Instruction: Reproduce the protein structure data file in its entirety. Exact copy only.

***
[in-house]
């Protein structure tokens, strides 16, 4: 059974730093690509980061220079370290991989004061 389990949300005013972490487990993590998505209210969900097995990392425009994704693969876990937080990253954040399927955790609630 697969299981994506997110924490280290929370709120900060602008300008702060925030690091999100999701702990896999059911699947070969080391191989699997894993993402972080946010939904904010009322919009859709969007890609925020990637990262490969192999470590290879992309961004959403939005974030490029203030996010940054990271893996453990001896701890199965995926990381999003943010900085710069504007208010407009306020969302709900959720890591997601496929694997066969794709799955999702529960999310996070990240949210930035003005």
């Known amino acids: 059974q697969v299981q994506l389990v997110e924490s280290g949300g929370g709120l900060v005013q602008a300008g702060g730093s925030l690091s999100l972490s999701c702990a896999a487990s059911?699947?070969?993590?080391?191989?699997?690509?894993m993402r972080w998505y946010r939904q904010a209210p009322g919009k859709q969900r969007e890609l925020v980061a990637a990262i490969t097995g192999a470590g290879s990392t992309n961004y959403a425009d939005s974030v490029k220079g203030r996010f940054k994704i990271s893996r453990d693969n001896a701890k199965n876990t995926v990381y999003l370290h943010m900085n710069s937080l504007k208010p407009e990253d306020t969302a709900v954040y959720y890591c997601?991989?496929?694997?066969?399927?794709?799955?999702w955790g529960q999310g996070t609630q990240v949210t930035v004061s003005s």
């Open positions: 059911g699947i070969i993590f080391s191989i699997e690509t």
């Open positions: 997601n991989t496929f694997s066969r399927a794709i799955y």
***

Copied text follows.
[in-house]
């Protein structure tokens, strides 16, 4: 059974730093690509980061220079370290991989004061 389990949300005013972490487990993590998505209210969900097995990392425009994704693969876990937080990253954040399927955790609630 697969299981994506997110924490280290929370709120900060602008300008702060925030690091999100999701702990896999059911699947070969080391191989699997894993993402972080946010939904904010009322919009859709969007890609925020990637990262490969192999470590290879992309961004959403939005974030490029203030996010940054990271893996453990001896701890199965995926990381999003943010900085710069504007208010407009306020969302709900959720890591997601496929694997066969794709799955999702529960999310996070990240949210930035003005």
């Known amino acids: 059974q697969v299981q994506l389990v997110e924490s280290g949300g929370g709120l900060v005013q602008a300008g702060g730093s925030l690091s999100l972490s999701c702990a896999a487990s059911?699947?070969?993590?080391?191989?699997?690509?894993m993402r972080w998505y946010r939904q904010a209210p009322g919009k859709q969900r969007e890609l925020v980061a990637a990262i490969t097995g192999a470590g290879s990392t992309n961004y959403a425009d939005s974030v490029k220079g203030r996010f940054k994704i990271s893996r453990d693969n001896a701890k199965n876990t995926v990381y999003l370290h943010m900085n710069s937080l504007k208010p407009e990253d306020t969302a709900v954040y959720y890591c997601?991989?496929?694997?066969?399927?794709?799955?999702w955790g529960q999310g996070t609630q990240v949210t930035v004061s003005s």
């Open positions: 059911g699947i070969i993590f080391s191989i699997e690509t």
């Open positions: 997601n991989t496929f694997s066969r399927a794709i799955y």